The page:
Lightweight Security Primitives for E-Commerce
Emerging applications in electronic commerce often involve very low-cost transactions, which execute in the context of ongoing, extended client-server relationships. For example, consider a web-site (server) which offers repeated authenticated personalized stock quotes to each of its subscribers (clients). The value of a single transaction (e.g., delivery of a web-page with a customized set of quotes) does not warrant the cost of executing a handshake and key distribution protocol. Also, a client might not always use the same machine during such an extended relationship (e.g., a PC at home, a laptop on a trip). Typical transport/session-layer security mechanisms such as SSL and S-HTTP either require handshake/key distribution for each transaction or do not support client mobility.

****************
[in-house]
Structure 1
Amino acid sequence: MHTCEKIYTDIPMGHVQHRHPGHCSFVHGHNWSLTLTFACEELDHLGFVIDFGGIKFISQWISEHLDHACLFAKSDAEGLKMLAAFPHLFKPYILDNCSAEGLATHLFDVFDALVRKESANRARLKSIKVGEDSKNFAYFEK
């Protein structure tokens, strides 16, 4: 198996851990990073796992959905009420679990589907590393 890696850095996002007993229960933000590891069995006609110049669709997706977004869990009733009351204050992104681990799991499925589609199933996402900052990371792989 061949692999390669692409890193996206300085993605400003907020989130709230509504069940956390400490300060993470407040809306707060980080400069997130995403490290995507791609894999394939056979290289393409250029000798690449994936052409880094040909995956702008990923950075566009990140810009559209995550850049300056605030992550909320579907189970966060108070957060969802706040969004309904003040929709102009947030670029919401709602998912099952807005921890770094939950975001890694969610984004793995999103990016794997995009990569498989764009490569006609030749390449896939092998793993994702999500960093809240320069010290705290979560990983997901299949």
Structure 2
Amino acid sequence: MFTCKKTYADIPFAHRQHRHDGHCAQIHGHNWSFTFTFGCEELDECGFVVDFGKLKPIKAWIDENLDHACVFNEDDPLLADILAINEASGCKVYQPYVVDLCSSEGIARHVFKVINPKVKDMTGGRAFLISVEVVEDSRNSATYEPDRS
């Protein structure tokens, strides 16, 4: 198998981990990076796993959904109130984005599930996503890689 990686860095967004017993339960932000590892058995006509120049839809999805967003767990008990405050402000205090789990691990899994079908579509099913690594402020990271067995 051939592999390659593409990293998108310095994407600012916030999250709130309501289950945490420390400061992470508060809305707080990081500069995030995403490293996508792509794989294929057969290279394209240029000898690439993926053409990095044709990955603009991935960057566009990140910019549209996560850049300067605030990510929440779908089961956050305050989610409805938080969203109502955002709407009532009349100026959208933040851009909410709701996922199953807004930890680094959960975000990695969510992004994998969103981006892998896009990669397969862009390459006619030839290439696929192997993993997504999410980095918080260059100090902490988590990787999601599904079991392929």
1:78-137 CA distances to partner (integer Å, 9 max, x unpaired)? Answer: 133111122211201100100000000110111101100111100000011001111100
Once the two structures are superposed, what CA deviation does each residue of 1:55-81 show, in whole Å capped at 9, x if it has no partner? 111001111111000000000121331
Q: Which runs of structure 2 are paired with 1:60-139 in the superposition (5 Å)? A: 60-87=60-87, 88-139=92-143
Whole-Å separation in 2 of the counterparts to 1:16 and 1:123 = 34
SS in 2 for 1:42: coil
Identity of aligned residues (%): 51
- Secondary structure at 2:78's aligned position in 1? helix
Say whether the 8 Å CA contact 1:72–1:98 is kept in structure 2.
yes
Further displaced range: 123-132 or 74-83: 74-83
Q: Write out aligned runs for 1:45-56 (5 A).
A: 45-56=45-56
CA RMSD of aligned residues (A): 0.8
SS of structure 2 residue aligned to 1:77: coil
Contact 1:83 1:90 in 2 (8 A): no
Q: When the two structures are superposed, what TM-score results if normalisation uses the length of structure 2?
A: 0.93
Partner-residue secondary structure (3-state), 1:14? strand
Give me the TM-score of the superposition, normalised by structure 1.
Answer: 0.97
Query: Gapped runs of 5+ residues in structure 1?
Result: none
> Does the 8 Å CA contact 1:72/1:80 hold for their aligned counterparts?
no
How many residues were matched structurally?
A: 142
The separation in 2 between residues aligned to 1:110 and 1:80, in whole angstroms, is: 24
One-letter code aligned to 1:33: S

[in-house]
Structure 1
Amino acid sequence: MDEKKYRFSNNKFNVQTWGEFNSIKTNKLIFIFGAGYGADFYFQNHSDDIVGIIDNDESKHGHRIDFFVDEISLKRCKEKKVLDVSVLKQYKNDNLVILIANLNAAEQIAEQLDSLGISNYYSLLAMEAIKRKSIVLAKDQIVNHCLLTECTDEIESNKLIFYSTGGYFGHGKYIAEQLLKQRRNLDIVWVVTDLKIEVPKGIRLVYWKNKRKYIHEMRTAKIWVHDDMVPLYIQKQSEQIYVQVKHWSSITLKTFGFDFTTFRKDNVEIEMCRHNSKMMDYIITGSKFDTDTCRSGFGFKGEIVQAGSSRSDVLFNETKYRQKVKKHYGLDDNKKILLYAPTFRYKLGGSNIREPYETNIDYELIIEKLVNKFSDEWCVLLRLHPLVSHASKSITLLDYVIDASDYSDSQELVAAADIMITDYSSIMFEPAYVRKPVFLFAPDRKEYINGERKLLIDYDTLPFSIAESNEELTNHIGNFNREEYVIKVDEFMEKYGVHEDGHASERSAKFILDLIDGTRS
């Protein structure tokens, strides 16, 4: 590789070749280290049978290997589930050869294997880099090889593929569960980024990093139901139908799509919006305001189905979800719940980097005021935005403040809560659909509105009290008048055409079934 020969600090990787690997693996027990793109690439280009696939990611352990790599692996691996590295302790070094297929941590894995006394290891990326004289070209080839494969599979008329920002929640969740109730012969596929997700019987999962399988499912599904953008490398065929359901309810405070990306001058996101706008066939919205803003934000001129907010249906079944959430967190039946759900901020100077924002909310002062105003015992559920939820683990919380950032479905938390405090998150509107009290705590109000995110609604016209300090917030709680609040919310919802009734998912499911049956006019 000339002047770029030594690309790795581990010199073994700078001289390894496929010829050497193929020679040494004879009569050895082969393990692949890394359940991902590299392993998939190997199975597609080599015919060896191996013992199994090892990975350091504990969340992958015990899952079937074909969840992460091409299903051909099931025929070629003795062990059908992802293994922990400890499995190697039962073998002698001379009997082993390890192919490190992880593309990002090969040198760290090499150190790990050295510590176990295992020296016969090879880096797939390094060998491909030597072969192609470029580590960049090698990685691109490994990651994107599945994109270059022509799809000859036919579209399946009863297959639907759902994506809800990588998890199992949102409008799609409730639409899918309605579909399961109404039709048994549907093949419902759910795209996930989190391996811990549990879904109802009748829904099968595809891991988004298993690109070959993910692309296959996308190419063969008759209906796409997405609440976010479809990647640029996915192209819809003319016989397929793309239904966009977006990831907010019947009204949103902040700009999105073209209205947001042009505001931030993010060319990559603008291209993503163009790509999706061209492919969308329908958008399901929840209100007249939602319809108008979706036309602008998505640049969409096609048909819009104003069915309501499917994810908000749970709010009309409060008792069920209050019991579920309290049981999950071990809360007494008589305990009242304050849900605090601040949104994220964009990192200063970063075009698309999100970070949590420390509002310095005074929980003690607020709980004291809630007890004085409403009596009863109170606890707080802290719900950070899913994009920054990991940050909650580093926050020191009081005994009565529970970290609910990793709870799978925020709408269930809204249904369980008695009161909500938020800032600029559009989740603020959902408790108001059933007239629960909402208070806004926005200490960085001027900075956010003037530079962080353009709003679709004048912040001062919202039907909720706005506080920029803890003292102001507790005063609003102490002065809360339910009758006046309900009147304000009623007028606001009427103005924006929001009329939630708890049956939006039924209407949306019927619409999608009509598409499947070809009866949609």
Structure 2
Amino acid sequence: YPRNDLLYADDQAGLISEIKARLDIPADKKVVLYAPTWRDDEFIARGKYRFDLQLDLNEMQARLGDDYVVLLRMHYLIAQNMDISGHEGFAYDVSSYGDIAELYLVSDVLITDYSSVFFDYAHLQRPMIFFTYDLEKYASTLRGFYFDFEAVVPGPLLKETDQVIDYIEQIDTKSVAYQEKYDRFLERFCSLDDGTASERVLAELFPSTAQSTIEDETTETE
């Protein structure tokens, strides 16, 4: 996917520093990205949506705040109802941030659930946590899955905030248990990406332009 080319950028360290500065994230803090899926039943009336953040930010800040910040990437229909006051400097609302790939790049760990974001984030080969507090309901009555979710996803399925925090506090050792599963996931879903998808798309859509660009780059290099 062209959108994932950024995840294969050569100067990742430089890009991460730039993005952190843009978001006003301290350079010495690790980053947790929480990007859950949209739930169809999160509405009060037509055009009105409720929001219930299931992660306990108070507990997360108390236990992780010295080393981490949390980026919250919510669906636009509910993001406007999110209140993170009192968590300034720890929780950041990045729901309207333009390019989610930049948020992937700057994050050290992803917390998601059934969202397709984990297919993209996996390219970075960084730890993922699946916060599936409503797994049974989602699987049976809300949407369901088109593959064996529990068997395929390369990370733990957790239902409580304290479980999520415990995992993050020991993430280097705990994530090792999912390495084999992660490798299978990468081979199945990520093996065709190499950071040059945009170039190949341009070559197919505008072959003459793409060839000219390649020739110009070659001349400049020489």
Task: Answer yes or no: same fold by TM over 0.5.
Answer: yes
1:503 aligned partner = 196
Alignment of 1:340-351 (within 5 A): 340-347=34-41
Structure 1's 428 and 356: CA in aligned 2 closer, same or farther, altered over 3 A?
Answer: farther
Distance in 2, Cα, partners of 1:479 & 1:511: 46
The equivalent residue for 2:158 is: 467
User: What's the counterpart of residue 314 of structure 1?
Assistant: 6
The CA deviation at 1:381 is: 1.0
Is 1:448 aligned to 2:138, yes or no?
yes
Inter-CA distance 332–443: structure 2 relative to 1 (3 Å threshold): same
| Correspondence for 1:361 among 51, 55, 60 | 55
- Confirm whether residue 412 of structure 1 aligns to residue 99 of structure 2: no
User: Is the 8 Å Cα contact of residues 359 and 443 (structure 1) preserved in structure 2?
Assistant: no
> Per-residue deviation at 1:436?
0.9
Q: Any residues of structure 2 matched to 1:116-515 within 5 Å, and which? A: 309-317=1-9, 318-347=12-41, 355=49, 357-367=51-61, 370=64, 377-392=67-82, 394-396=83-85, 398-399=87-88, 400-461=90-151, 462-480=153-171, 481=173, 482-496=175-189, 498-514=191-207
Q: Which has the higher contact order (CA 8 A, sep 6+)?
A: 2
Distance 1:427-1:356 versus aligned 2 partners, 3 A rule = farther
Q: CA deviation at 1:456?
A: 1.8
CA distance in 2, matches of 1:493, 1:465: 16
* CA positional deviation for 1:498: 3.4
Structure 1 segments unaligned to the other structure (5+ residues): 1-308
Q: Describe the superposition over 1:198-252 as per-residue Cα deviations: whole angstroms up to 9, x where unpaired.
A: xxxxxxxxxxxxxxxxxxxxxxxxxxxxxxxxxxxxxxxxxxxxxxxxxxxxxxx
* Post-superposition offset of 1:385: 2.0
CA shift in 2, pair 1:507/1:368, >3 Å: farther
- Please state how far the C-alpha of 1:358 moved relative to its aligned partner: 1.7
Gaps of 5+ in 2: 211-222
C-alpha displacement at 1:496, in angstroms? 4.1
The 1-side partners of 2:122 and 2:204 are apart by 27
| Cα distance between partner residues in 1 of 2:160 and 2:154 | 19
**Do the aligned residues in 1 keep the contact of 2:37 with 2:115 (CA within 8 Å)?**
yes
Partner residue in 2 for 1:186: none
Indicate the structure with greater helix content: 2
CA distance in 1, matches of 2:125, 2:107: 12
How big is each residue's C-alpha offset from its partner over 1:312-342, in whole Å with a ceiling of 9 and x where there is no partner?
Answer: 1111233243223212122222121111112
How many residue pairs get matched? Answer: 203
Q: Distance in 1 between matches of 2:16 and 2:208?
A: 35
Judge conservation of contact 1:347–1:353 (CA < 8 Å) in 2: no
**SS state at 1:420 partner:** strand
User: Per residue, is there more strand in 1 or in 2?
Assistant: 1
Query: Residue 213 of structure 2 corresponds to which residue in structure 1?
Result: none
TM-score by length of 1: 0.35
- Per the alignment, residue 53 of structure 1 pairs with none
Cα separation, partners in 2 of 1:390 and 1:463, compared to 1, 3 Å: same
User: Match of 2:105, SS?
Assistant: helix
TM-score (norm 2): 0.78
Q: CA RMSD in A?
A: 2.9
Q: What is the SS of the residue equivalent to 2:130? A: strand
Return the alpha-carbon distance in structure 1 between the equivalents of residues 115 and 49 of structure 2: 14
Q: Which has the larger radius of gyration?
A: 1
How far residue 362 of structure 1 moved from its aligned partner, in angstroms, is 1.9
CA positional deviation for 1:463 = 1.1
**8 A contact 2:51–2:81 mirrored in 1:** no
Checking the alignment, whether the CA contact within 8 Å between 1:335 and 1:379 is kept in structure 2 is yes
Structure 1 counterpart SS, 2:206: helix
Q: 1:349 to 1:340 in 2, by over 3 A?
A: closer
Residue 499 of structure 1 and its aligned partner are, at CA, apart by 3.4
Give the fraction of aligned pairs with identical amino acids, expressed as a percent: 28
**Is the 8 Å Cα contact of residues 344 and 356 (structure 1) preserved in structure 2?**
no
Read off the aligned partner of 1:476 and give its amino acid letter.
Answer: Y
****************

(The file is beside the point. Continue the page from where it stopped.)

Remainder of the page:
We propose a new security framework for extended relationships between clients and servers, based on persistent shared keys. We argue that this is a preferred model for inexpensive transactions executing within extended relationships. Our main contribution is the design and implementation of a set of lightweight application-layer primitives, for (1) generating and maintaining persistent shared keys without requiring a client to store any information between transactions and (2) securing a wide range of web-transactions (e.g., subscription, authenticated and/or private delivery of information, receipts) with adequate computational cost. Our protocols require public key infrastructure only for servers/vendors, and its usage only once per client (upon first interaction).